Little Butterfly

Picture of a fleeting memory

This story begins at the start of the new year.

A game jam competition goes live, on, celebrating works that had just entered the public domain in 2019, from all the way back in 1923:

While digging through the list of potential works, a convergence of ideas happens:

  • The song about butterflies leads itself well to exploring social connections between people
  • Art for butterflies would be very pretty
  • The game jam criteria allows for games that can be played on a browser window
  • I wanted to work with a few friends from Brazil
  • I wanted to sink my teeth into building a proof-of-concept ERC-721 project, with tokens that have their observed properties changing over time, even without user interaction

… and, from these, Little Butterfly was born.

The story for the game is simple:

  • Upon joining, you receive a flower avatar and one butterfly token.
  • Butterflies will turn into ghosts if they are not given away to another flower within 24 hours, at which point their time resets. Ghost butterflies can no longer be given away.
  • Visits from a butterfly are a one-time affair; once it is given away, it may never be transferred to you again.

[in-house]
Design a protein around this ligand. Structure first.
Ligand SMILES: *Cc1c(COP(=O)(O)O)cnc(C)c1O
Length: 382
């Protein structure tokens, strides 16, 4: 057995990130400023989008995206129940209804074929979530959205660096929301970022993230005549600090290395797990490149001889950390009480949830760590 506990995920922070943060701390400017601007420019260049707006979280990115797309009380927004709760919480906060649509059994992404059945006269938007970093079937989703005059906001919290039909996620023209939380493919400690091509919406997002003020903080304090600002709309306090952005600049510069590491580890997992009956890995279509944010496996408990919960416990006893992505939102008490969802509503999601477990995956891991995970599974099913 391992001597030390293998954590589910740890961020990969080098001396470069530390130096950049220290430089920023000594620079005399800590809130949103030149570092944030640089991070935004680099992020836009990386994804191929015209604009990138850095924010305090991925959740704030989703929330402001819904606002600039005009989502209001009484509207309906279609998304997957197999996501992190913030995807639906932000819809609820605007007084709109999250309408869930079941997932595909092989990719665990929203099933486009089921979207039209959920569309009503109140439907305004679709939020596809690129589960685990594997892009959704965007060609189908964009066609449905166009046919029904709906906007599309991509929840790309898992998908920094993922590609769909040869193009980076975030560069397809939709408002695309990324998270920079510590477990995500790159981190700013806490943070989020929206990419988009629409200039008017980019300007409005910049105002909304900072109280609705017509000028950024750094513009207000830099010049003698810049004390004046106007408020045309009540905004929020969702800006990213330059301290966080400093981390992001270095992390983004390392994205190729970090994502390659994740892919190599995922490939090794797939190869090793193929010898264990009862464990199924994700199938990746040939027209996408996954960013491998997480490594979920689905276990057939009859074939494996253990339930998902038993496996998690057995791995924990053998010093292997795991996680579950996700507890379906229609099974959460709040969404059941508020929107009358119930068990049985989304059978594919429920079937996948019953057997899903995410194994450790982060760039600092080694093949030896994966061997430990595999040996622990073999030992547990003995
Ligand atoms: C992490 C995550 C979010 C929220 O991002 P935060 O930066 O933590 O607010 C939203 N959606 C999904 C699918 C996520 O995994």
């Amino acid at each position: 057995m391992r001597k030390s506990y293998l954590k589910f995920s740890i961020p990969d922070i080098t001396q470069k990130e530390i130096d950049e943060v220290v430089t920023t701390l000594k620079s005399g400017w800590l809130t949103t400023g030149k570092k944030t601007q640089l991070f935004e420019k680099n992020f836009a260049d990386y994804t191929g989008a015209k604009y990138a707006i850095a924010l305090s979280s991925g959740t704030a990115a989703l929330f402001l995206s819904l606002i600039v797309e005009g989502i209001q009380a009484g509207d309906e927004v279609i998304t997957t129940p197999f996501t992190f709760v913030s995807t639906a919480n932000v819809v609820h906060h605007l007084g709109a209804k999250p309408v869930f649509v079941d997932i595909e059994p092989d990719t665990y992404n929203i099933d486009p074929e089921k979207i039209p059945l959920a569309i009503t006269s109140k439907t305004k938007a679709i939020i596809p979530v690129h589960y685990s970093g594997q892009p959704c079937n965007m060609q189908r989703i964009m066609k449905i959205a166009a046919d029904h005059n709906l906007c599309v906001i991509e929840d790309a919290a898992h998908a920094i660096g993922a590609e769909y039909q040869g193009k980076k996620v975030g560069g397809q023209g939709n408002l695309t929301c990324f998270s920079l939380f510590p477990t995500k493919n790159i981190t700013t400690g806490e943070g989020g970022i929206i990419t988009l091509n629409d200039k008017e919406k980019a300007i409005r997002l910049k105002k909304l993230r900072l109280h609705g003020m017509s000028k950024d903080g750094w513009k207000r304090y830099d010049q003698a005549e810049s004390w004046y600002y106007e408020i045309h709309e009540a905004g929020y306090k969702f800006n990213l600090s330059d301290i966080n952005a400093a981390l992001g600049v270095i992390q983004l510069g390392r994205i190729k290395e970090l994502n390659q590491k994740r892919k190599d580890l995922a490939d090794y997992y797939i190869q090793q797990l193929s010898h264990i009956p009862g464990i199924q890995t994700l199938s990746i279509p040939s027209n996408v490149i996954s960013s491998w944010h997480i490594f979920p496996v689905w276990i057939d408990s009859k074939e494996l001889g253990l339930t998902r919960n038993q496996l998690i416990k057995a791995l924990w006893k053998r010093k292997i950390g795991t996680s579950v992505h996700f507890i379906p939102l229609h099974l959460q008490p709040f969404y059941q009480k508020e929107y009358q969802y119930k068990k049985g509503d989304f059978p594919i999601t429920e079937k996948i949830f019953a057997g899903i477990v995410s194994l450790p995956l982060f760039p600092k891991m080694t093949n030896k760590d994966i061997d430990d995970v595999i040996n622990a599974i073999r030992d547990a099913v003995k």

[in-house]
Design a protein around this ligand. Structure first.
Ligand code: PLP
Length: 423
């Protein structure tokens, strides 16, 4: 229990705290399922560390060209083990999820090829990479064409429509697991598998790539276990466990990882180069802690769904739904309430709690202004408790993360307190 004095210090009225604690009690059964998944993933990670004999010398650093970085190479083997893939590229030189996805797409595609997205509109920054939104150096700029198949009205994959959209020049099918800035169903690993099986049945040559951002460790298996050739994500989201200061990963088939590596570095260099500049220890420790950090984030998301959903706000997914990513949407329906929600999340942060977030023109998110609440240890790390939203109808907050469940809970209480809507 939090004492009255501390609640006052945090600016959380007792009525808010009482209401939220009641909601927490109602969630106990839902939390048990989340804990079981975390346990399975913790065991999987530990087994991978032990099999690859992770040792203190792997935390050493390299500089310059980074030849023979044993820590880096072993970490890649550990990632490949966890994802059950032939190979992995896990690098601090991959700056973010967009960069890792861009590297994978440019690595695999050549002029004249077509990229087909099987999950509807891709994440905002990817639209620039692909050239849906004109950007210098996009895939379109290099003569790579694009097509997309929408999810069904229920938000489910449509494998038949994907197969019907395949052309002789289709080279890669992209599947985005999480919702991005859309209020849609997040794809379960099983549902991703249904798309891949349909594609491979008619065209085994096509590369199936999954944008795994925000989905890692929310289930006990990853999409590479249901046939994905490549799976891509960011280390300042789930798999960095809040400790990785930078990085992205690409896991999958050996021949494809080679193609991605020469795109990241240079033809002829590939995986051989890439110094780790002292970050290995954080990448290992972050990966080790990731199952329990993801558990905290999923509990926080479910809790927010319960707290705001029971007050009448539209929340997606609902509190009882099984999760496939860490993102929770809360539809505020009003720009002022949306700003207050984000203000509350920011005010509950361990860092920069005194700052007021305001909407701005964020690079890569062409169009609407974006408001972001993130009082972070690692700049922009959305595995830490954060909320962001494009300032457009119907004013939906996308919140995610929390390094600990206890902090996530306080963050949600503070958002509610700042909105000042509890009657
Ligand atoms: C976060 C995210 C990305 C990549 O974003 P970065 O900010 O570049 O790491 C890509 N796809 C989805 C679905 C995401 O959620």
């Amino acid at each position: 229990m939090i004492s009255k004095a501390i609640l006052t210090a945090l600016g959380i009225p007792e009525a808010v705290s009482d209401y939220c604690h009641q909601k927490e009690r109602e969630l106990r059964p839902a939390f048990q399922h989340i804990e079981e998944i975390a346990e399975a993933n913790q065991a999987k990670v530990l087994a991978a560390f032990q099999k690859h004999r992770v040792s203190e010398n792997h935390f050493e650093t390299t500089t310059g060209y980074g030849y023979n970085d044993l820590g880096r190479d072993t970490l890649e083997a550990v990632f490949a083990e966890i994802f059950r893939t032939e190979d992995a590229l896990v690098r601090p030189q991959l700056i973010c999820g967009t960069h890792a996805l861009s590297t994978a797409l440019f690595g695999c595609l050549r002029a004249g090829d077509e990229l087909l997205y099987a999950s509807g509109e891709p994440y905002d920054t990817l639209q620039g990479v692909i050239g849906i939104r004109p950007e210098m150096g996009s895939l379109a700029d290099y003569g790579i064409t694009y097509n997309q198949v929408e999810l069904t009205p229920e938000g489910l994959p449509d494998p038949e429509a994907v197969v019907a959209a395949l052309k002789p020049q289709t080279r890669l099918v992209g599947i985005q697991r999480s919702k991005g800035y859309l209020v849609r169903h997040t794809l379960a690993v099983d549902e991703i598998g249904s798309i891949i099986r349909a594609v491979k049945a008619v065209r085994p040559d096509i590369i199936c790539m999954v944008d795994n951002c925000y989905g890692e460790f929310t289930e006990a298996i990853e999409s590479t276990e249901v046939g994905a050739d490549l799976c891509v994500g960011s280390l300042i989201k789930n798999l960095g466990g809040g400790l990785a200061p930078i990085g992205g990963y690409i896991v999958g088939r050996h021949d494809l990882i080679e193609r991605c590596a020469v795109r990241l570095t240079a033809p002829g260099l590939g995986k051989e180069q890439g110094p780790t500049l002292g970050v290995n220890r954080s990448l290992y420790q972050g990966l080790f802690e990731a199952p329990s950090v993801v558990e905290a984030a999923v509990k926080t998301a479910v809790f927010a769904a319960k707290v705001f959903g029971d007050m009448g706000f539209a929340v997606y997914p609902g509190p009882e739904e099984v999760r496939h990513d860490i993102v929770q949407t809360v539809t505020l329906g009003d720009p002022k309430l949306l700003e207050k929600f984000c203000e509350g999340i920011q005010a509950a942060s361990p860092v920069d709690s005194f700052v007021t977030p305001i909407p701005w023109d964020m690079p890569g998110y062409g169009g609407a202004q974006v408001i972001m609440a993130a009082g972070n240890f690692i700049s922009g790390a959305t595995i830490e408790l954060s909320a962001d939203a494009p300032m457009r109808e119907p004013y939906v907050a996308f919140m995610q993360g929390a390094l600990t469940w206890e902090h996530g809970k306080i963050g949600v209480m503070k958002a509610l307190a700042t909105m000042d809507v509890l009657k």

• Butterflies, whether alive or not, may be burned, moving on.

Whenever you give away (or burn) a butterfly, it leaves behind another token, a heart with its memories. This token is also a collectible, and have no restrictions on transfers.

Initial game idea was received to great success, launching just before the deadline, linking to the website domain:

… but the conversion rates we were seeing were less than impressive: analytics

In hindsight, this makes sense — no intentional advertisement had been made for the game, and while MetaMask is great for people who are already familiar with cryptocurrency, trying to reach a new audience is a bit trying.

The UX had not been targeted for mobile, at the time, either. Enter Fortmatic:

The idea behind their product is great — allow people to interface with the blockchain through their cellphones, without needing to install special software. The account is managed by Fortmatic, though Sean has mentioned that there may be plans to allow exporting the keys in the future.

I found their product still during private alpha, and had a great support experience. Now people might be able to look at their butterflies, flowers, and hearts on their cellphones — and let them go more easily.

Login with your phone number

As a bonus, for the Rinkeby test network, they also add 1 ETH when signing up — all the better for new user retention. Thanks Fortmatic!

Free 1 Rinkeby ETH when first joining

Now, some links:

Have fun!